Is the problem that since the latter is apparent, the former implies the universe is full of pieces of toast?
    Or is it that if extended to brains rather than toast, we don't know if the latter has happened, because the former might be us - Boltzmann brains ourselves?
  6. Mar 3, 2015 #5


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    It's a shame we are saddled with the burden of reality. No time right now, I need to tend my garden before the fairies grow impatient.
  7. Mar 4, 2015 #6
    Not if the seed for the complex universe we see is more likely to fluctuate than piece of toast. According to inflation, all you need is a tiny speck of false vacuum and then you can get a whole complex universe.
    "A remarkable consequence of this model is that, if even a pinpoint of space contained this primordial form of energy, then the pinpoint of space would expand extremely rapidly and would bring into existence more of the same kind of energy. In fact, all the matter in the universe could have arisen from a bit of primordial energy weighing no more than a pea. This amazing scenario is a consequence of applying Einstein's theory of gravity to the inflationary universe model. Thus the known laws of nature can in principle explain where the matter and energy in the universe came from, provided there was at least a tiny seed of energy to begin with."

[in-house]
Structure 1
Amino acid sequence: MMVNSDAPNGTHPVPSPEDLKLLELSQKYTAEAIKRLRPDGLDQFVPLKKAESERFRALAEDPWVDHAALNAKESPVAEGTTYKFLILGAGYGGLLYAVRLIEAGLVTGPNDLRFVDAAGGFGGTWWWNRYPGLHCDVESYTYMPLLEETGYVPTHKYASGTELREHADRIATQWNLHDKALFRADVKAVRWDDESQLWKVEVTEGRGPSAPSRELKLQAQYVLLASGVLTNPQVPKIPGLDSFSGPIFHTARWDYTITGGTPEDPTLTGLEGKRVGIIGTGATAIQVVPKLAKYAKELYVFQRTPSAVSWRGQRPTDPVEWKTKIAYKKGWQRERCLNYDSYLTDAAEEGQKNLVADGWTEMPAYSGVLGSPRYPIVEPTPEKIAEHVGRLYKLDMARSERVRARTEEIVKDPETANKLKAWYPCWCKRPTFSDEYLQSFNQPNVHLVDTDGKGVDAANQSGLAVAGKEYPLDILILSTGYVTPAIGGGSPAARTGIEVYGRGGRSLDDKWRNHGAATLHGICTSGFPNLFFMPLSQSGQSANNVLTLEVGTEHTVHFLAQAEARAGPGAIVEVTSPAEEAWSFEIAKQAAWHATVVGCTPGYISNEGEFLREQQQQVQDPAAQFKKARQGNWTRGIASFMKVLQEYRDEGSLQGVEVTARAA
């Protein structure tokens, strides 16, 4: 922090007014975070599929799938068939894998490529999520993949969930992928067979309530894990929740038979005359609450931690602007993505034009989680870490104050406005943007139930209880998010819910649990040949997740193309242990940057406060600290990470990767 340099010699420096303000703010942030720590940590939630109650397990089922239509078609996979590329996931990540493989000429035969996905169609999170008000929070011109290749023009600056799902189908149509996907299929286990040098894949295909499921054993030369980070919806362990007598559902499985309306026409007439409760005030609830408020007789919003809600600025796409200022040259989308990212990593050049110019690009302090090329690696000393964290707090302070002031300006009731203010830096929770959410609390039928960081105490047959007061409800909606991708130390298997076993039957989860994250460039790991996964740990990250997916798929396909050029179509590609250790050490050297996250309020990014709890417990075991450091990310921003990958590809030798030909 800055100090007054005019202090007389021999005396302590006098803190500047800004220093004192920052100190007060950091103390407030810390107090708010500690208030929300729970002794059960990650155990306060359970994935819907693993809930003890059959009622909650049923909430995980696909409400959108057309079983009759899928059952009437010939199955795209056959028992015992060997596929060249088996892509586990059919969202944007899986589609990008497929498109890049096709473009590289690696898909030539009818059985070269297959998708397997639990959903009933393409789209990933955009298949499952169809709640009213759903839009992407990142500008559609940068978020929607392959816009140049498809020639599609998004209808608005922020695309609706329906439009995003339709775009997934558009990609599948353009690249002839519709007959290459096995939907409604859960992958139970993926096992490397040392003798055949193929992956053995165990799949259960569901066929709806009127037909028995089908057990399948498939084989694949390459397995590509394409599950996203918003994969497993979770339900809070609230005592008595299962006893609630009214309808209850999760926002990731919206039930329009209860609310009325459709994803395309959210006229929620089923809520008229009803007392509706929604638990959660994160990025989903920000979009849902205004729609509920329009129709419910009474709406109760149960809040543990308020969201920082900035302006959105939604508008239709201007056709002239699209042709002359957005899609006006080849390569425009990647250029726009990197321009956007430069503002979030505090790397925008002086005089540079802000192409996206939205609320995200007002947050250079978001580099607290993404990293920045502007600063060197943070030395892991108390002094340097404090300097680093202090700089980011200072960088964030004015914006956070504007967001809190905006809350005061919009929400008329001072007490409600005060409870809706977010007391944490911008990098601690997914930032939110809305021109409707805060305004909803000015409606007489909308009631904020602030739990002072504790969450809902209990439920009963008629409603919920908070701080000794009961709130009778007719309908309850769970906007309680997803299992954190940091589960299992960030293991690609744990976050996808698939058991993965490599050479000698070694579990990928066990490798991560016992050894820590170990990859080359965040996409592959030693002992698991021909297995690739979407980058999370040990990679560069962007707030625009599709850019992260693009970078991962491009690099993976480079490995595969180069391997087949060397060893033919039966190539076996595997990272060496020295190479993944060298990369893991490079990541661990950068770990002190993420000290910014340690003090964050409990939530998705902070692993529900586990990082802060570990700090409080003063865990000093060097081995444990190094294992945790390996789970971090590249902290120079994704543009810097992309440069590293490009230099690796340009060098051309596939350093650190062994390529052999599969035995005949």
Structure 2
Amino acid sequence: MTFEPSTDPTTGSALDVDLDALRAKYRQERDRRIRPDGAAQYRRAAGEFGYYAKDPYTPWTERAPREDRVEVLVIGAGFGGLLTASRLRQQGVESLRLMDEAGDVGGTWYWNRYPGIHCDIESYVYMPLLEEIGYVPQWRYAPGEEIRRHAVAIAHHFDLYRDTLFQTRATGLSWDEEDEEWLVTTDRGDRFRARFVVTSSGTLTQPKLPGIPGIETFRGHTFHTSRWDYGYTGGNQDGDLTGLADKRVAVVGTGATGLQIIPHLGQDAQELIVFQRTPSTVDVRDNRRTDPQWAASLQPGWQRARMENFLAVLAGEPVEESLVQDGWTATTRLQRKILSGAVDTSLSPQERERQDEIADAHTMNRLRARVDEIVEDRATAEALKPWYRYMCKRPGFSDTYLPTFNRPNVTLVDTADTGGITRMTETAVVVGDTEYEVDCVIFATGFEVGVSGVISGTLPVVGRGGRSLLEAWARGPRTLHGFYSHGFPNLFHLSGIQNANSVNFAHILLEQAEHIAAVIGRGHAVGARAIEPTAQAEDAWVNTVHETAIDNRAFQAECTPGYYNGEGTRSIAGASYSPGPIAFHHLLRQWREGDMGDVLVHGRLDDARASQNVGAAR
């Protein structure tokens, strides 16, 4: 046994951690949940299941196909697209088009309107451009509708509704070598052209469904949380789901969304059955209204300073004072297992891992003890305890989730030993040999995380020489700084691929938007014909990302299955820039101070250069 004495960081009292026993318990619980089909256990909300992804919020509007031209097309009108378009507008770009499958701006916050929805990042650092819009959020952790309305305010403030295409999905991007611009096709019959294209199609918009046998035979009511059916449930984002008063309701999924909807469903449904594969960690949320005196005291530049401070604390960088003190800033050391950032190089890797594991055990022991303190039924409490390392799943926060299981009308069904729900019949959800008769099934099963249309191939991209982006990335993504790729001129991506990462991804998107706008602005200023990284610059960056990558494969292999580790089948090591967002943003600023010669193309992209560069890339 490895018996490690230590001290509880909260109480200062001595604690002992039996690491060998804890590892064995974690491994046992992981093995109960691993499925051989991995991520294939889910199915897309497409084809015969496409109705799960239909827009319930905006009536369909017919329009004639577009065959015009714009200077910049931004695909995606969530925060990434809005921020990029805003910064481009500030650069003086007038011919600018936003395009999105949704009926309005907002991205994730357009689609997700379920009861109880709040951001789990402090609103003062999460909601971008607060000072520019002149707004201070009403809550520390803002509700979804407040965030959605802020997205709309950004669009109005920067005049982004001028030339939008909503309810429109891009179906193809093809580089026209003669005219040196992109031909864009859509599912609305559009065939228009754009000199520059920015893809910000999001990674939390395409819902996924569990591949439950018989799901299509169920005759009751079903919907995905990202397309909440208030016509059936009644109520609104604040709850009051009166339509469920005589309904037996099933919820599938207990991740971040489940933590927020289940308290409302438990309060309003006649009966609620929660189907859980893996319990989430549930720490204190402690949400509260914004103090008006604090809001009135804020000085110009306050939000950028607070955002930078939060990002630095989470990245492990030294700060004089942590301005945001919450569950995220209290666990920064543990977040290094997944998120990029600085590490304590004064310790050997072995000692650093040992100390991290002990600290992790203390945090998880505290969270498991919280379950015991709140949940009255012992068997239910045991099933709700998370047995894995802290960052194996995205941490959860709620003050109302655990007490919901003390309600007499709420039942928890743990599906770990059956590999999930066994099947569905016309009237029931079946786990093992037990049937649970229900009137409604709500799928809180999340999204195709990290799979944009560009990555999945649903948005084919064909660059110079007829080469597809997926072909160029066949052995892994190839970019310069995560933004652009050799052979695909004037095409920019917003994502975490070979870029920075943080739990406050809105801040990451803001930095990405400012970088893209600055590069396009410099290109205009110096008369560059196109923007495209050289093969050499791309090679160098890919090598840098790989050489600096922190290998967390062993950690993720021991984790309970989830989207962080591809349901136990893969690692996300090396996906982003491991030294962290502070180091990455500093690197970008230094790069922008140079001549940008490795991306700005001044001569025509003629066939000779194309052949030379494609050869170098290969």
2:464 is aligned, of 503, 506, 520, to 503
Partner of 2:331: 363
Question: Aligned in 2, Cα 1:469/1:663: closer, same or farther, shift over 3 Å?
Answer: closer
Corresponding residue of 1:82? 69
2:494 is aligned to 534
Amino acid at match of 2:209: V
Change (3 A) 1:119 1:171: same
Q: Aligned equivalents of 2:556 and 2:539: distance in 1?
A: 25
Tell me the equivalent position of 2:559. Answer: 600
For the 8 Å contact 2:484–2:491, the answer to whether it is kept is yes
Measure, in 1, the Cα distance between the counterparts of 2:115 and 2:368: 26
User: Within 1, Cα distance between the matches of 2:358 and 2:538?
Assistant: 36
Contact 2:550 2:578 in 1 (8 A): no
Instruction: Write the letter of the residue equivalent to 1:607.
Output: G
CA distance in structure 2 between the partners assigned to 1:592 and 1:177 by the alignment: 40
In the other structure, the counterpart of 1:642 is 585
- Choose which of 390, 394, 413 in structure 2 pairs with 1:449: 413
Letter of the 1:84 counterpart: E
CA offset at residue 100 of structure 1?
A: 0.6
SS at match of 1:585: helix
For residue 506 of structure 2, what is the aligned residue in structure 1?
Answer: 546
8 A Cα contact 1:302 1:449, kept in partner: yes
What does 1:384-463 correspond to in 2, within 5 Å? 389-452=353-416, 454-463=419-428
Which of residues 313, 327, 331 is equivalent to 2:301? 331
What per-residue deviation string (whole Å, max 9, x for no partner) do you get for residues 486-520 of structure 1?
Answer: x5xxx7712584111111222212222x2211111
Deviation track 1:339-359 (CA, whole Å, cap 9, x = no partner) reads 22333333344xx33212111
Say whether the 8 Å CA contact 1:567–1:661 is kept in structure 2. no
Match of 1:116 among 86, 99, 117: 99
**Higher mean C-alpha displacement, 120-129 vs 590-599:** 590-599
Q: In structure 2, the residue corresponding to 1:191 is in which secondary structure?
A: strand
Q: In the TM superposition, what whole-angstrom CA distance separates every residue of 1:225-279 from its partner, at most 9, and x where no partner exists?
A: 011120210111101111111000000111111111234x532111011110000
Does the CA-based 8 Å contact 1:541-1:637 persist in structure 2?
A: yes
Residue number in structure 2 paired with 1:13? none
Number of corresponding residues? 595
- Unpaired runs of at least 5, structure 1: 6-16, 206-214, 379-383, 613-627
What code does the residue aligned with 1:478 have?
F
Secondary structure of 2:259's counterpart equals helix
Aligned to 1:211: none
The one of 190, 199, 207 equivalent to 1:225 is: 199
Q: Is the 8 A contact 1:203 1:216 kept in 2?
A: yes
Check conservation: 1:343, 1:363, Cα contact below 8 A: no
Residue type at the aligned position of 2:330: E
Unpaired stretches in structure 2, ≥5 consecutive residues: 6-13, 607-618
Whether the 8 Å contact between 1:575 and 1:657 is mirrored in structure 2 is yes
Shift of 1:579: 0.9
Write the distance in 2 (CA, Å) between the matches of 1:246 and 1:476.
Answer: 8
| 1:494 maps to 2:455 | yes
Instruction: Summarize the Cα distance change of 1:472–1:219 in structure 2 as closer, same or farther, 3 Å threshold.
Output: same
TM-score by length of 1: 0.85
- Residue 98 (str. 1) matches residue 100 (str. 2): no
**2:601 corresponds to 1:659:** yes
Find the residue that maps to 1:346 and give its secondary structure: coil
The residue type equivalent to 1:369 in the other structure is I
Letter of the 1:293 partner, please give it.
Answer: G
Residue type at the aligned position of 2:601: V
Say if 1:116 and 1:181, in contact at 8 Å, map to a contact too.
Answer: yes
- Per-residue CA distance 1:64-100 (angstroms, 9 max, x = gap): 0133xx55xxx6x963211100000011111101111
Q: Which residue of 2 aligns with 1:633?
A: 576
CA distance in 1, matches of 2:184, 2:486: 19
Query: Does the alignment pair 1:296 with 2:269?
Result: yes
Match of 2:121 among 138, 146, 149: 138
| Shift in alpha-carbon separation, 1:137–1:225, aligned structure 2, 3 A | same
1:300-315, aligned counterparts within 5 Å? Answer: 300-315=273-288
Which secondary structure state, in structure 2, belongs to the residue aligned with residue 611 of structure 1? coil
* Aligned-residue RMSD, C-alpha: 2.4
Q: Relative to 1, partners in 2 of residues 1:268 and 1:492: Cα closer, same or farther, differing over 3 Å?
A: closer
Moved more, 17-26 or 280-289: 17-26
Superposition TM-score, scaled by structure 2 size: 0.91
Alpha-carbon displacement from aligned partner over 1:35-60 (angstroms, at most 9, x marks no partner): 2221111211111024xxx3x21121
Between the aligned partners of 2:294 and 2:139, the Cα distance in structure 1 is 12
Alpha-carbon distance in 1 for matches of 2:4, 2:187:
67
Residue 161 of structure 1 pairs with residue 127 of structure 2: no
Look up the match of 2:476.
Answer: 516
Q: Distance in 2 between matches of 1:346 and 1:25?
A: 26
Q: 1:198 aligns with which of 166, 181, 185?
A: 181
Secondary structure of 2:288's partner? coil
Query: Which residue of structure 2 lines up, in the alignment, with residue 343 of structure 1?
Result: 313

So I still dont see why we should assume the brain is more likely to fluctuate than the universe, especially if this is so we actaully can defeat the Boltzman Brain scenario. It seems to me this has to be the case as long as we assume the universe is eternal in at least one direction of time , which current evidence implies that it it.
  8. Mar 4, 2015 #7
    If you had a cyclic universe where the De sitter space period did not last long enough for BB to form, would that work? for example:
    Also I have seen that many cosmologists have as you say tried to deal with the problem by choosing a measure, but I dont see how your choice of estimating probabilities affects the universe? One measure that has been proposed is the "scale factor cut off measure"
    can anyone give a laymans explanation as to how this works?